New Delhi: Online marketplaces that are offering discounts despite the government prohibiting pricing intervention run the risk of violating the law, the department of industrial policy and promotion (DIPP) warned on Thursday.

“If you violate the conditions, you run the risk of (falling foul of the law). We will take care of how to deal with it," DIPP secretary Ramesh Abhishek told reporters.

The government on Tuesday allowed 100% foreign direct investment (FDI) in online retail of goods and services under the so-called “marketplace model" through the automatic route, seeking to legitimize existing businesses of e-commerce companies operating in India.

According to the press note issued by DIPP, a marketplace model is an information technology platform run by an e-commerce entity on a digital and electronic network to act as a facilitator between buyer and seller.

DIPP also notified new rules which could potentially end the discount wars, much to the disappointment of consumers. This is because the rules now prohibit marketplaces from offering discounts and cap total sales originating from a group company or one vendor at 25%.

Many e-commerce portals were offering discounts on their websites on Thursday even after DIPP said on Tuesday that the rules will be effective immediately. “We have not made any new policy, we have issued only some clarifications," Abhishek said. On the rationale behind the 25% cap on sales from group companies, Abhishek said an entity following a marketplace model should not be having an inventory-based model.

“You are only a digital service provider to buyers and sellers. It should be sourcing it from lots of people. Twenty-five per cent is a large window. You can’t have both ways," he said.

The new sourcing norms will have an impact on e-marketplaces heavily dependent on group companies and restrict the deep discounting that had become synonymous with the sector, rating company Crisil Ltd said in a report.

“The e-marketplace sector will undergo gradual transformation in the near term to a more sustainable business model and will focus more on optimizing processes (supply chain, warehousing and overall fulfilment) from deep discounting for customer acquisition strategy," said Amit Bhave, director of Crisil.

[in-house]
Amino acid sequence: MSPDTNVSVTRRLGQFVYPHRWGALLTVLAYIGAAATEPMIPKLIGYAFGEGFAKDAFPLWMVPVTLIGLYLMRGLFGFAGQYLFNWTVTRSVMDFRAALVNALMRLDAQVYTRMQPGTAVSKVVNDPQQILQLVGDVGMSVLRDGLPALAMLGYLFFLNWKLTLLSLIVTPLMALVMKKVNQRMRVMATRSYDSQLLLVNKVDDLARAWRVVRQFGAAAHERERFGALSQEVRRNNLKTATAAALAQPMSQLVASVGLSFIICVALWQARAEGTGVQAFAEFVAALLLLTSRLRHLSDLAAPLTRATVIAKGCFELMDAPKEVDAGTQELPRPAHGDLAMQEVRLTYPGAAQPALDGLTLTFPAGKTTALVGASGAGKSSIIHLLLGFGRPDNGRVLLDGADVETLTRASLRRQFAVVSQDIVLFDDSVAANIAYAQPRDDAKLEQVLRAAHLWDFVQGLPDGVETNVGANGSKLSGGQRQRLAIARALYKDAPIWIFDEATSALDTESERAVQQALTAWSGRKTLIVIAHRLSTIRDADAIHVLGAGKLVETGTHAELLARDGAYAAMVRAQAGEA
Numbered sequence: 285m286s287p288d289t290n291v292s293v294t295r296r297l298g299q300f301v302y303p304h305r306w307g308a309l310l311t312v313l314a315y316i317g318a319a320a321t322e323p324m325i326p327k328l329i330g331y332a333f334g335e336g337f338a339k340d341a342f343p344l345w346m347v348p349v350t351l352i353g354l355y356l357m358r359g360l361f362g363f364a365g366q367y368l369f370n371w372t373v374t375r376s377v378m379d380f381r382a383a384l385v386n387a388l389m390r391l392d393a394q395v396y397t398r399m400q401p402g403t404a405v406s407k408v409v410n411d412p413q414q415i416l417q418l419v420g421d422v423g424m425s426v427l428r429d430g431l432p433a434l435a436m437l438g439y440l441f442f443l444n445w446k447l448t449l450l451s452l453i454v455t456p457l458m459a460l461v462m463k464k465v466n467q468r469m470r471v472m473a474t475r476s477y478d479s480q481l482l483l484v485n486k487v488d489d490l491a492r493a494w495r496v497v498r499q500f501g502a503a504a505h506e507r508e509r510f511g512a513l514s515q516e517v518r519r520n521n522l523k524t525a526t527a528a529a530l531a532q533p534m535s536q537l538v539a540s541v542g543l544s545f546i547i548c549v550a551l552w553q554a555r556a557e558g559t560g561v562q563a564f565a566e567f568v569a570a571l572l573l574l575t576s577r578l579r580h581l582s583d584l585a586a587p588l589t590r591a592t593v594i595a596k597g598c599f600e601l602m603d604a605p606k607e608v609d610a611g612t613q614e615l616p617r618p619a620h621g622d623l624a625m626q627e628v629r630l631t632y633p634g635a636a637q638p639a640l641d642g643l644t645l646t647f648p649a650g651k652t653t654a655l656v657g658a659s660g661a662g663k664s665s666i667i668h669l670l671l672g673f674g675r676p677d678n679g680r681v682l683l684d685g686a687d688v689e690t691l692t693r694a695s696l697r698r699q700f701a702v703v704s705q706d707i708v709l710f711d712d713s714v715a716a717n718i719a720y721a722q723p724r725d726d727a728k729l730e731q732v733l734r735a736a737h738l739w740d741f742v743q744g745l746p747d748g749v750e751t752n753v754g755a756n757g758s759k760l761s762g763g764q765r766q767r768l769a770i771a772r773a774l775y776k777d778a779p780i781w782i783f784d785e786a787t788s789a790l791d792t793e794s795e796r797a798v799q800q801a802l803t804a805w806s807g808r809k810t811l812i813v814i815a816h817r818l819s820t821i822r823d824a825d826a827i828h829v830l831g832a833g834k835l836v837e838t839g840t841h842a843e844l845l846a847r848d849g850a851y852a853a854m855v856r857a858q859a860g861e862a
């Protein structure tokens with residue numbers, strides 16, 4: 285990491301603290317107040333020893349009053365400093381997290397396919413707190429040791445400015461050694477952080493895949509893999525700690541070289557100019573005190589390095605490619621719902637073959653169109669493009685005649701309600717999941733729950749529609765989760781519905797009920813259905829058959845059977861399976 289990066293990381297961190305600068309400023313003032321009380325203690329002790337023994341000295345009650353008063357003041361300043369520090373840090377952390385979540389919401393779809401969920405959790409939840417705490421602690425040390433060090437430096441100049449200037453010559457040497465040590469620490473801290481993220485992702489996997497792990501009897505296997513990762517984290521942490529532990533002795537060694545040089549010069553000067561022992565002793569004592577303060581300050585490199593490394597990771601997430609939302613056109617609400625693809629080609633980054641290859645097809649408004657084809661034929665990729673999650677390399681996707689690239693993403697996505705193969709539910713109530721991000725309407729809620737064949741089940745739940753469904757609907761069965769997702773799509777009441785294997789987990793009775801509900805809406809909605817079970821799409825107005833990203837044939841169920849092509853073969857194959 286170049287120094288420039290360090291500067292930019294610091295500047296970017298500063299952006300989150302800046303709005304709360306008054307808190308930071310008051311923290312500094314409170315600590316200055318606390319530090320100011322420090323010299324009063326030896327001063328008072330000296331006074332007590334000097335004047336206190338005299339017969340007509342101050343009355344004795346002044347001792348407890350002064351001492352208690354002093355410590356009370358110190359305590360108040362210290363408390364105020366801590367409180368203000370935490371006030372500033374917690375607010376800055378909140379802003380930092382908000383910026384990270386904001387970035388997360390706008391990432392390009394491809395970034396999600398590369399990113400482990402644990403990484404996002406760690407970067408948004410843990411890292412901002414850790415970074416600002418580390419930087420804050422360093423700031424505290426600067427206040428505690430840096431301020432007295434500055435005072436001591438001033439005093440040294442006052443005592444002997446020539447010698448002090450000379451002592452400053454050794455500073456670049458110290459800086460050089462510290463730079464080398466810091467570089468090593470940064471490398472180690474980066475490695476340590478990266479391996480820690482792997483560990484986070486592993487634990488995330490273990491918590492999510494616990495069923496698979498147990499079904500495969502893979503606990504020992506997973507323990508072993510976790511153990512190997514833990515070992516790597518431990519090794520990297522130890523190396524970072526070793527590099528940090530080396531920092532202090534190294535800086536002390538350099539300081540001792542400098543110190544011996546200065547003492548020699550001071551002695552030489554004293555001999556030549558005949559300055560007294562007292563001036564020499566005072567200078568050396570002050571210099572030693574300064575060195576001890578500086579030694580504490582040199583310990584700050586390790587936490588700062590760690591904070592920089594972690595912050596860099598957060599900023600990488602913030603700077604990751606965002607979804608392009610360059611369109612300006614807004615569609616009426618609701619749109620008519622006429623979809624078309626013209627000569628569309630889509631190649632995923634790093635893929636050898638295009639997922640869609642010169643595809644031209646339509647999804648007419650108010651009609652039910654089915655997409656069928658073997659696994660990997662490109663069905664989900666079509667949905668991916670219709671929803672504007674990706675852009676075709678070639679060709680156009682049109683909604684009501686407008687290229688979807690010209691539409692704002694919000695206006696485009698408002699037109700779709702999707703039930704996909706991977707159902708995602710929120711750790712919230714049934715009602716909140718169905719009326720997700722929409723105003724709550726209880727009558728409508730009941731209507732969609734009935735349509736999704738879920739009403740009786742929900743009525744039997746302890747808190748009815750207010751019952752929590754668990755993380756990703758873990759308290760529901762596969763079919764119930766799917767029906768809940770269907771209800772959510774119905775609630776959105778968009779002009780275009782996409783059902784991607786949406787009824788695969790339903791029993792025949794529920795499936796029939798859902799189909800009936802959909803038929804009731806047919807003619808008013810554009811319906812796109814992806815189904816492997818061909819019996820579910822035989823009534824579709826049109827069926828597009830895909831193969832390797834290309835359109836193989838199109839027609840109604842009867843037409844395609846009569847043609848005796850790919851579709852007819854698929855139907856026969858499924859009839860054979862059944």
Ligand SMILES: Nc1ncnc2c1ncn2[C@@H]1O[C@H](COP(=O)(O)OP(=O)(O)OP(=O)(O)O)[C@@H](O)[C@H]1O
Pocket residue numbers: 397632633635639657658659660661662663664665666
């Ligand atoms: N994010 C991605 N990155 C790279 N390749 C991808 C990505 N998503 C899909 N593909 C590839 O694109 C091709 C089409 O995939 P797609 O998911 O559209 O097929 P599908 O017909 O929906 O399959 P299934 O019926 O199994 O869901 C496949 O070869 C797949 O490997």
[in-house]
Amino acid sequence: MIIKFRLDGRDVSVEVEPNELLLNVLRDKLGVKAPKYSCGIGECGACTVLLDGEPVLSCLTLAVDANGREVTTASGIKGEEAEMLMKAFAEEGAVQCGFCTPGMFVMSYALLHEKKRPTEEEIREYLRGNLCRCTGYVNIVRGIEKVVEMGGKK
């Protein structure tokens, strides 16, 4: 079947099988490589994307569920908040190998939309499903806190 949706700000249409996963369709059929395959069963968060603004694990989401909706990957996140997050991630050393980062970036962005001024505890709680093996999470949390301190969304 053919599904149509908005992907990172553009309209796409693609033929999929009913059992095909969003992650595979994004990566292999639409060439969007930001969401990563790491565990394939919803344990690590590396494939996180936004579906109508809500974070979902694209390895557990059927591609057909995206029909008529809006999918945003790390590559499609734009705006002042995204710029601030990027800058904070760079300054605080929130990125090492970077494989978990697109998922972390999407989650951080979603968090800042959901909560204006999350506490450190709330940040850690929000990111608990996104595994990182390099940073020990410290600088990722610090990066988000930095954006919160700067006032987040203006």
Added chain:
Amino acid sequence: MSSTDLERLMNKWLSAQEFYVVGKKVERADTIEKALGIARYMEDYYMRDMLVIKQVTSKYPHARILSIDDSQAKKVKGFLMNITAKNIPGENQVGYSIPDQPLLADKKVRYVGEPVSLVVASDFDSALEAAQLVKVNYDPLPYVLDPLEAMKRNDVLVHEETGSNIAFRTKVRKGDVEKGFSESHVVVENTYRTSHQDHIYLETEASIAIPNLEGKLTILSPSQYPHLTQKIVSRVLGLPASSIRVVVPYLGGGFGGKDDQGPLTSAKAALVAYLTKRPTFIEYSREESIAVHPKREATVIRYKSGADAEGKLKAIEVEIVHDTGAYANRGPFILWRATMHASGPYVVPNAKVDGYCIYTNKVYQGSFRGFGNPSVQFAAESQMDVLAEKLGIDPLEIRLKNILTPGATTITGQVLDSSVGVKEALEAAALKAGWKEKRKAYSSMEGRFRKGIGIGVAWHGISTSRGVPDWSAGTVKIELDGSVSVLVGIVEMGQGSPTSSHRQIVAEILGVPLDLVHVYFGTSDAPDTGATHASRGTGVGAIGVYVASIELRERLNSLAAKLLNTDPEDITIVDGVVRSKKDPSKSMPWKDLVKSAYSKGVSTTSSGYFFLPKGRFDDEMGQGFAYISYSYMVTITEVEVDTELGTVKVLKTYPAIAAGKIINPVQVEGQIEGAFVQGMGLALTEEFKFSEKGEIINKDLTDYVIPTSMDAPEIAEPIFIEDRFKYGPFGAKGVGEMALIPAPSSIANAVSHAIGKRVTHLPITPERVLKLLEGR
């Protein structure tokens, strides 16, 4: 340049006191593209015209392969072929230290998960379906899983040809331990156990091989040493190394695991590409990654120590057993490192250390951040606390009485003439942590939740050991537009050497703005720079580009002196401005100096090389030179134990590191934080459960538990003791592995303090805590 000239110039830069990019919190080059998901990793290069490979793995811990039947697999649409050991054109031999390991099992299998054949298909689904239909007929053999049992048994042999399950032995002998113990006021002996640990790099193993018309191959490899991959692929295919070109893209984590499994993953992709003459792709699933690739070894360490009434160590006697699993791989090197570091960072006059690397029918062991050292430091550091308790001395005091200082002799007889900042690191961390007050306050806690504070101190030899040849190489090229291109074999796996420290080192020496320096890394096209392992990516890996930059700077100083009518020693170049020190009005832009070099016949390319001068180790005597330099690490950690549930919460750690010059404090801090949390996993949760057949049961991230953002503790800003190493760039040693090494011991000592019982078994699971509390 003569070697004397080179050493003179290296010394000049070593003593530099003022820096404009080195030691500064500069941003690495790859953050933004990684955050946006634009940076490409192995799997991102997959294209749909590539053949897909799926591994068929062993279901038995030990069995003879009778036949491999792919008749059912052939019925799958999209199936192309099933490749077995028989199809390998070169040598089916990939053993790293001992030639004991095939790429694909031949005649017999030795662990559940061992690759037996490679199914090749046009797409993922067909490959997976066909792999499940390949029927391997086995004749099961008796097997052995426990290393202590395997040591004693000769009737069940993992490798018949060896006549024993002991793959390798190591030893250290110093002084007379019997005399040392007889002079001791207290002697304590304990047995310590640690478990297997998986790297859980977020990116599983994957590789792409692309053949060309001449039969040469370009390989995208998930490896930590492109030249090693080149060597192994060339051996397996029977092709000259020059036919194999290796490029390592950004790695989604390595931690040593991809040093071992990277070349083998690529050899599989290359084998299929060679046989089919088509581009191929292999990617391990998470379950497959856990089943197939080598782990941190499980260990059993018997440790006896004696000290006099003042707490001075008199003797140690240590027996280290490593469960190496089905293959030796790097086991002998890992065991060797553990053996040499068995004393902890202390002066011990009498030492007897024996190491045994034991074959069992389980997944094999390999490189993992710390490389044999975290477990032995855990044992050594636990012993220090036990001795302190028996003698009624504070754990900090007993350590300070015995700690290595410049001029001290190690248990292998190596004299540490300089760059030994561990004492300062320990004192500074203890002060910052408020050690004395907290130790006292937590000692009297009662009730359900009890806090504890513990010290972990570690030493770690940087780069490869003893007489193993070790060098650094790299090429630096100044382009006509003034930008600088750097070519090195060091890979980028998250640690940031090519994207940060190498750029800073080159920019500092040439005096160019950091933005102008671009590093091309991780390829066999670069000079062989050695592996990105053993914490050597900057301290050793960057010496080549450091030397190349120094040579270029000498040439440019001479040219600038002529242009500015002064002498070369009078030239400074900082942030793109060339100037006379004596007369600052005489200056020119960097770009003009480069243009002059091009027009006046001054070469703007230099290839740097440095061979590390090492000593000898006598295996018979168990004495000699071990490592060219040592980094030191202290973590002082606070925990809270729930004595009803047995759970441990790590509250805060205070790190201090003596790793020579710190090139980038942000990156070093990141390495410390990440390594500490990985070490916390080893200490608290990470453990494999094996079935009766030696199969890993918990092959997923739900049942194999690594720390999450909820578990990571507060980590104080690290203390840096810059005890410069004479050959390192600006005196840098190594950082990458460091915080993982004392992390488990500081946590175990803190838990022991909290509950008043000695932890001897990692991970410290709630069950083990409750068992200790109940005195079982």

Indian e-commerce companies such as Flipkart and Snapdeal have been following the marketplace model—which was not defined—and attracting large foreign investments.

This has led to allegations from time to time by brick-and-mortar stores that Indian e-commerce companies were flouting existing policy norms to gain an unfair advantage, given that the government does not allow FDI in multi-brand retail companies.

It led to a legal challenge in the Delhi high court, even as the model came under the scrutiny of authorities such as the Enforcement Directorate.

DIPP has prohibited FDI in e-commerce companies that own inventories of goods and services and sell directly to consumers using online platforms.

The online marketplaces will, however, be allowed to provide support services to sellers on their platform such as warehousing, logistics, order fulfilment, call centre and payment collection. The new policy also mandates such e-commerce companies to display contact details of the sellers online. The warranty/guarantee of products or services sold online will also be borne by the sellers, not the e-commerce company.

Snapdeal didn’t respond to a mint request for comment. ShopClues spokespersons weren’t available to comment.

“We have never indulged in discounting the sellers’ products on our marketplace. In fact the sellers are in complete control of their products’ selling prices and MRPs (maximum retail price) on our platform. Any markdown or discount on MRP offered on Paytm is offered by the brands or brand-authorized sellers themselves," said Sudhanshu Gupta, vice-president, business, Paytm.

Priyanka Sahay contributed to this story.

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